The Cards will need some help on that end. Only two players ended up in the top five of fan voting at their respective positions in the NFC. Linebacker Daryl Washington, with 159,407 votes, was third among NFC inside linebackers behind the San Francisco tandem of Patrick Willis and NaVarro Bowman. Cornerback Patrick Peterson was fourth among NFC cornerbacks with 154,736 votes, behind the Bears’ duo of Tim Jennings and Charles Tillman and Seattle’s Richard Sherman (although I was reminded by someone via Twitter that if Sherman fails his appeal on his PED suspension, that also means he can’t play in the Pro Bowl.)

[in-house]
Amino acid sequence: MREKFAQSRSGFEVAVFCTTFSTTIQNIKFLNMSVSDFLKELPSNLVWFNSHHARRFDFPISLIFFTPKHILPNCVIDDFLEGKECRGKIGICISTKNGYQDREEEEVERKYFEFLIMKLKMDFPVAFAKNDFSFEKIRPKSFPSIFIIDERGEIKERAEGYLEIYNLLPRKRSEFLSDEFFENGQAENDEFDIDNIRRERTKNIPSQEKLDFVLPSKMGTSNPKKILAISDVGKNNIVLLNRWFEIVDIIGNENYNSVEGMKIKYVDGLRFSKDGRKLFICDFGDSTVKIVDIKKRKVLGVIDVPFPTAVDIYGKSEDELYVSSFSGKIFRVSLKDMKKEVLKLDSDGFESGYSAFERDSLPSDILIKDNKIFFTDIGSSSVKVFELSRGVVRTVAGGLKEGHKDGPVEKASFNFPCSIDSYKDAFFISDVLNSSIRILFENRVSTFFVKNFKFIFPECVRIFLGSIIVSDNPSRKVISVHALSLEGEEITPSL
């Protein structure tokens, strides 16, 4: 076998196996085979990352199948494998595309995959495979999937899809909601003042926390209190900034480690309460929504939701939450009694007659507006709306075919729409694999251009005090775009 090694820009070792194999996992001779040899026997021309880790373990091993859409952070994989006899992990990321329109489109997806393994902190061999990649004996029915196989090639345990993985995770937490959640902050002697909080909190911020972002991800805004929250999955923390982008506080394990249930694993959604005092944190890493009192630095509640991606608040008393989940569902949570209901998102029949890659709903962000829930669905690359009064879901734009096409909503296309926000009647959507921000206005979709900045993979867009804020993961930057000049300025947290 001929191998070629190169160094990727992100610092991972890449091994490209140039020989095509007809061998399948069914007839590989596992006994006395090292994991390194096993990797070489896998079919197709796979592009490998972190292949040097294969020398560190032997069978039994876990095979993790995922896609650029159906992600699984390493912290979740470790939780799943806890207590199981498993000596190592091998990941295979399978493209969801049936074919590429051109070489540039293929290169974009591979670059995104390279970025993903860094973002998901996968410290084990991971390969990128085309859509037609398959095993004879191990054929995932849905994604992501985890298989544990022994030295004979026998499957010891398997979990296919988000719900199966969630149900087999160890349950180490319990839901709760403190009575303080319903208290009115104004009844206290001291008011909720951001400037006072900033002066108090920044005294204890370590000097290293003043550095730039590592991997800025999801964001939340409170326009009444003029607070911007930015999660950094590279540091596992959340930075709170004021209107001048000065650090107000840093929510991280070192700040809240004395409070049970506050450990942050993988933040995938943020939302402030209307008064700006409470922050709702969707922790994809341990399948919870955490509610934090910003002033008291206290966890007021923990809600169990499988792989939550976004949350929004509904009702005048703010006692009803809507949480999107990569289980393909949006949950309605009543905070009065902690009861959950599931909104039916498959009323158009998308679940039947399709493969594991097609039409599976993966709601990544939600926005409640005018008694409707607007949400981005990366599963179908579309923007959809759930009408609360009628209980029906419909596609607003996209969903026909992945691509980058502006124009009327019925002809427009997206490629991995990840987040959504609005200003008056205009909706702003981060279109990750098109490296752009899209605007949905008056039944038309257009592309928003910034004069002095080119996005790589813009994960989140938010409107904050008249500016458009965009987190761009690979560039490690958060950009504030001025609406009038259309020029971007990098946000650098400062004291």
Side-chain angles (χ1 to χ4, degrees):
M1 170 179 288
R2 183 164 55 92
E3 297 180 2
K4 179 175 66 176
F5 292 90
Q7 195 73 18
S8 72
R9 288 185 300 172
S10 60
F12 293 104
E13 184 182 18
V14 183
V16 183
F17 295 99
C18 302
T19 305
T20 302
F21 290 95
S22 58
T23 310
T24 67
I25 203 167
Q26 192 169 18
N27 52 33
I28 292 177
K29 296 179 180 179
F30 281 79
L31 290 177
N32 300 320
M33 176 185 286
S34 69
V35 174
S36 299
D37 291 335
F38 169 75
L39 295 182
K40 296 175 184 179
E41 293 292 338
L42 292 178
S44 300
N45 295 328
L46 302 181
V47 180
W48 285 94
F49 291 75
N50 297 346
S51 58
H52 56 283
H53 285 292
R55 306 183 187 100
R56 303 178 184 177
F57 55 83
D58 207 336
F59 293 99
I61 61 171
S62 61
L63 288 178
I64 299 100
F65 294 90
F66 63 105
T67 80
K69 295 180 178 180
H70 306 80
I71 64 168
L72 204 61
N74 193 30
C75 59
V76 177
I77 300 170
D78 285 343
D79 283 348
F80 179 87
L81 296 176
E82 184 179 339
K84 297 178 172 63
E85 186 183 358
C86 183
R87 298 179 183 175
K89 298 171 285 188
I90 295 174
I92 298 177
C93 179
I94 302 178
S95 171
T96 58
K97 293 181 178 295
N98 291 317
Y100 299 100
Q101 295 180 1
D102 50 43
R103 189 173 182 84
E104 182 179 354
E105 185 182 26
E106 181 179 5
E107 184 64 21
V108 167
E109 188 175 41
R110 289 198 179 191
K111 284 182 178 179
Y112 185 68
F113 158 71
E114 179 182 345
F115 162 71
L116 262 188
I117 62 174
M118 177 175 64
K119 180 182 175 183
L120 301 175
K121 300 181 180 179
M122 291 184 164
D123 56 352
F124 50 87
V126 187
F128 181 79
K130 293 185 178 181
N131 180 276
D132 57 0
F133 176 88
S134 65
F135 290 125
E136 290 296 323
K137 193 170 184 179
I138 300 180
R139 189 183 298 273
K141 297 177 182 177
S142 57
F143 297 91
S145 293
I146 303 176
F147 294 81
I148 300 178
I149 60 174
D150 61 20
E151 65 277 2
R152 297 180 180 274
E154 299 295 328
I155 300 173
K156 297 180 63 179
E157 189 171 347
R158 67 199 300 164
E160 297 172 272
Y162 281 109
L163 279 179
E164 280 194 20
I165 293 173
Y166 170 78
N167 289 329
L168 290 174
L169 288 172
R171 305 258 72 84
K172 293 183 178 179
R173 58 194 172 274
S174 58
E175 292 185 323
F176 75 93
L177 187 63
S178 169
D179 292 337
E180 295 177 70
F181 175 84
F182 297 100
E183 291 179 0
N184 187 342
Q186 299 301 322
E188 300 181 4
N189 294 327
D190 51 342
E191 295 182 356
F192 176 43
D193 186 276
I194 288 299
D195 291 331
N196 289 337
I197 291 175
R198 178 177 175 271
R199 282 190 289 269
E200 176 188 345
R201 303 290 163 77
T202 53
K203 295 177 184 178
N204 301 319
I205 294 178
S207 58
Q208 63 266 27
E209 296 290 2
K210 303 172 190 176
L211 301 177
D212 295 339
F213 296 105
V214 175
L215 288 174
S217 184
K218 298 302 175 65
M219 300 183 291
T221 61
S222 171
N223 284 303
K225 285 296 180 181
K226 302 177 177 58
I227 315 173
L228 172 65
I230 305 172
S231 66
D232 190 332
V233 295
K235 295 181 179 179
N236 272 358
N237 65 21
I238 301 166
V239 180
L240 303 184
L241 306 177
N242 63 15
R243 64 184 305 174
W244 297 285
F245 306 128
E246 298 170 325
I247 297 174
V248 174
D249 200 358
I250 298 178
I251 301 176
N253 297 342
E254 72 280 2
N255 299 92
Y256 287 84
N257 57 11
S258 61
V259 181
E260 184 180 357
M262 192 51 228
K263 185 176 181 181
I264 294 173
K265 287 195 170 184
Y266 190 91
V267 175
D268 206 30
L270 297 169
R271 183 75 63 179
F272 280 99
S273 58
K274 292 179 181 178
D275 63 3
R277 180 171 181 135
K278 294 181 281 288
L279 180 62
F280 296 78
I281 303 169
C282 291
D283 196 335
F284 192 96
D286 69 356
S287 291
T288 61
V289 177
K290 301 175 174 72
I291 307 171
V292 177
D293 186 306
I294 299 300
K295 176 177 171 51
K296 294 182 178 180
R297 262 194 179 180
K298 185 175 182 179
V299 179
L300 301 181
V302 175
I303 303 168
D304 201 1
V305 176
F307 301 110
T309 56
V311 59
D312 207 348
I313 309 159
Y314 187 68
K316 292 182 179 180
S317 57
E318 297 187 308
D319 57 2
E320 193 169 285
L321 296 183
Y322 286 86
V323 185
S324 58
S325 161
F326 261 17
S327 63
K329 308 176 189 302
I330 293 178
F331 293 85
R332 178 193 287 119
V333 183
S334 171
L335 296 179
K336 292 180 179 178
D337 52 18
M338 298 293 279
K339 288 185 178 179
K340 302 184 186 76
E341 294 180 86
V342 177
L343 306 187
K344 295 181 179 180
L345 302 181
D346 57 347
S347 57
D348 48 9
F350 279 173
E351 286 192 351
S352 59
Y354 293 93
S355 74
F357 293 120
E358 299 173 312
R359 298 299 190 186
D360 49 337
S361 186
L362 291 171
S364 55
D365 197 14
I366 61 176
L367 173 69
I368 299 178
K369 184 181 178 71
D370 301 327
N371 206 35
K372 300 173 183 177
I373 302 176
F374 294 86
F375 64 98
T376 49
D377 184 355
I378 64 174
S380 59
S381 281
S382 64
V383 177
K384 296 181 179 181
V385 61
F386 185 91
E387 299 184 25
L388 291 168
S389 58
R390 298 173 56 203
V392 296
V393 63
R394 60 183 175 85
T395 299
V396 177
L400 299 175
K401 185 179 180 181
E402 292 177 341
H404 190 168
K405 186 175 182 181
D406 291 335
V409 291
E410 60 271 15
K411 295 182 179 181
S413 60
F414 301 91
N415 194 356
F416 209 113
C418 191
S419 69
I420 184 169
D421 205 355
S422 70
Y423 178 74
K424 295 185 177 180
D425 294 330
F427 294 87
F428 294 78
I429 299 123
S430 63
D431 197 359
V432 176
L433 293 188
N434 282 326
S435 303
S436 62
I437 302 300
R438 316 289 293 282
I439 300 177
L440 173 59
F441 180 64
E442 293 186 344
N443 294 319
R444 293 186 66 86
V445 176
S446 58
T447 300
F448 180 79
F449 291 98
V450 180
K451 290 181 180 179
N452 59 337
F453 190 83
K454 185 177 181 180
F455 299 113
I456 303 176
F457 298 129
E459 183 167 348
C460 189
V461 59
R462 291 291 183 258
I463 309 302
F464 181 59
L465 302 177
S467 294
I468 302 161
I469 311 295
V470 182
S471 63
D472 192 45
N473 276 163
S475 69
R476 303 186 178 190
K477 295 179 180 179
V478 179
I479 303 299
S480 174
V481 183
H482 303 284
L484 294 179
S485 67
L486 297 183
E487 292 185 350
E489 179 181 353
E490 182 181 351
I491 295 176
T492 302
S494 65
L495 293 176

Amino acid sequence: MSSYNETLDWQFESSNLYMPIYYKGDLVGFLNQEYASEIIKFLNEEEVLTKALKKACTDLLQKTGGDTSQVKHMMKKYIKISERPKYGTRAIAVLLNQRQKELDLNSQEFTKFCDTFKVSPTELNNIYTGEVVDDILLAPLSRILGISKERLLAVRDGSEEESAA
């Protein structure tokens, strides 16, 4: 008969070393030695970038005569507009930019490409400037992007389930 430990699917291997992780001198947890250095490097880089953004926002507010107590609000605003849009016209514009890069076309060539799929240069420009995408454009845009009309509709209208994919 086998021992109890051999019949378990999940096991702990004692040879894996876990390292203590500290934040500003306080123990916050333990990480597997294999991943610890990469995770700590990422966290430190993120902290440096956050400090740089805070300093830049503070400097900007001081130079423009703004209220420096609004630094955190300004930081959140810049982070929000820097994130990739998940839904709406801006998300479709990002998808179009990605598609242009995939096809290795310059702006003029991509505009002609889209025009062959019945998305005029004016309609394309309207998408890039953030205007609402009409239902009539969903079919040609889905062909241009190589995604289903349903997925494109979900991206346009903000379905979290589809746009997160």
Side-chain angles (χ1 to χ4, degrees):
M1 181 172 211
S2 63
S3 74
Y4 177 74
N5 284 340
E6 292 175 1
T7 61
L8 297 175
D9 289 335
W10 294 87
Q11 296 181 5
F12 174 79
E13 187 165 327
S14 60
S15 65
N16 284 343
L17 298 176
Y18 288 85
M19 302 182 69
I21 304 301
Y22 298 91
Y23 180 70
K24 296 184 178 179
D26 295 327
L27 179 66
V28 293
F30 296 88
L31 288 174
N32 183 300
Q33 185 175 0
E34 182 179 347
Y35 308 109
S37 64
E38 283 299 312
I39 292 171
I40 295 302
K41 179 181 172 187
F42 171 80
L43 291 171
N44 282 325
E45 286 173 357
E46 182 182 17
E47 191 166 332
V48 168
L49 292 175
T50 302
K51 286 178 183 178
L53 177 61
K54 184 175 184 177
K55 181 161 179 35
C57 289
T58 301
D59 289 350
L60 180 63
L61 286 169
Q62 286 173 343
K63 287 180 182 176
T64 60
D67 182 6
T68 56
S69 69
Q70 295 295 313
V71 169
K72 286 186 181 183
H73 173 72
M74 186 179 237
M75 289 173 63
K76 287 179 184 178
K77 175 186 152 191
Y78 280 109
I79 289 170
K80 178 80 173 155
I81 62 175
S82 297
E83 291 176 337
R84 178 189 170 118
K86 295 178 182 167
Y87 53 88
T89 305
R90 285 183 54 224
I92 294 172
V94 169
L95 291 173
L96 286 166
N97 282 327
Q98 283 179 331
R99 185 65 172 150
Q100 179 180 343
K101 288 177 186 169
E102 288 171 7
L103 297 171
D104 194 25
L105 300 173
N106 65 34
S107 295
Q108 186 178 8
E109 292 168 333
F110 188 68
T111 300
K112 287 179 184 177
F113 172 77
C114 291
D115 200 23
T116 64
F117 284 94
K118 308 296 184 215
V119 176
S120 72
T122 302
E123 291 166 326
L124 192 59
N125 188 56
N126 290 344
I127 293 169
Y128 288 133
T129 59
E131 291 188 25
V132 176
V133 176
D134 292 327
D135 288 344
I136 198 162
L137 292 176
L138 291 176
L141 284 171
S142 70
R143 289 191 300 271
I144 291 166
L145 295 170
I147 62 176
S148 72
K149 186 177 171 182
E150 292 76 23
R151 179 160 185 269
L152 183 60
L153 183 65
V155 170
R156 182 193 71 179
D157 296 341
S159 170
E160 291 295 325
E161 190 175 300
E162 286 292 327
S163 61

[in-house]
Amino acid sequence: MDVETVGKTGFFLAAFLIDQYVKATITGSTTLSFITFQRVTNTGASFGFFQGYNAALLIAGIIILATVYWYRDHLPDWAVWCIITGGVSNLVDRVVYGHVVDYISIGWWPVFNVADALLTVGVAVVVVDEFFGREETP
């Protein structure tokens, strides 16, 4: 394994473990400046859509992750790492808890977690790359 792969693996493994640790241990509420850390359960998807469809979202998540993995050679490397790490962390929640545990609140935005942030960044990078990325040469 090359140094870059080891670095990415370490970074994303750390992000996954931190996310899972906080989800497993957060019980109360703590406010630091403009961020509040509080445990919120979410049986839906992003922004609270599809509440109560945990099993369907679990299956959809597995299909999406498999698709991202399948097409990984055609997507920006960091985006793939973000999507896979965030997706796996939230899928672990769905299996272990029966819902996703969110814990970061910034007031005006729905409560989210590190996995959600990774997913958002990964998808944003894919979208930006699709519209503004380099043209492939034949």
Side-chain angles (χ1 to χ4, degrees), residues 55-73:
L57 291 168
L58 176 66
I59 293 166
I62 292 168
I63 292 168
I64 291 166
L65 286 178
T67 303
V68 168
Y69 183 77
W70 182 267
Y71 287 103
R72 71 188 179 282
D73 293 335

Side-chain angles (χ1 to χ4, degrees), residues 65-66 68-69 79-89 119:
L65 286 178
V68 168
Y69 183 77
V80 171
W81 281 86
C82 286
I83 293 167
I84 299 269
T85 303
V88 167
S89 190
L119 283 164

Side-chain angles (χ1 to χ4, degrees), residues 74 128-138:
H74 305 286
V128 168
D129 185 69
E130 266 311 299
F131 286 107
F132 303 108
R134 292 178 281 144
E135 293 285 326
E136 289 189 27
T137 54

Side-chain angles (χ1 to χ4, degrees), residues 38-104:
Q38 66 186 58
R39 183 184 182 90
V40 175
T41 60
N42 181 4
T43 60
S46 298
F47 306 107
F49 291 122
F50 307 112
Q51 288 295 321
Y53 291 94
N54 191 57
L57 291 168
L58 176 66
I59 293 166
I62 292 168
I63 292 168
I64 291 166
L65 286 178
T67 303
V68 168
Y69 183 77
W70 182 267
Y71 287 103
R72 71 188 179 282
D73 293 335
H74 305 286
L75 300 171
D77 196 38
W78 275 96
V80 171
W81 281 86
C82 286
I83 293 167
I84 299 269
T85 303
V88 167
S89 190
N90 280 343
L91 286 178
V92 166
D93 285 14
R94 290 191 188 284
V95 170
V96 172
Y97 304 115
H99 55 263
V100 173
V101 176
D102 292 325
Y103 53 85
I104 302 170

No sign of defensive end Calais Campbell or safety Kerry Rhodes among the top five. And while it isn’t surprising given how this year has gone, it’s depressing to see that Larry Fitzgerald isn’t among the wide receivers. No one can argue he should be in there, but no one can argue he isn’t one of the top five receivers in the NFC either.
The Pro Bowl rosters are going to be announced Dec. 26.
Tags: Calais Campbell, Charles Tillman, Daryl Washington, Kerry Rhodes, NaVarro Bowman, Patrick Peterson, Patrick Willis, Pro Bowl voting, Richard Sherman, Tim Jennings
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Pro Bowl voting for fans is over and players and coaches will soon be doing their version for the teams that will be announced next week. I know there is a lot of speculation over how many Cardinals might be able to find their way to Hawaii. Profootballfocus.com named their Pro Bowl teams — not that it means anything with the actual roster — and included defensive end Calais Campbell and safety Kerry Rhodes.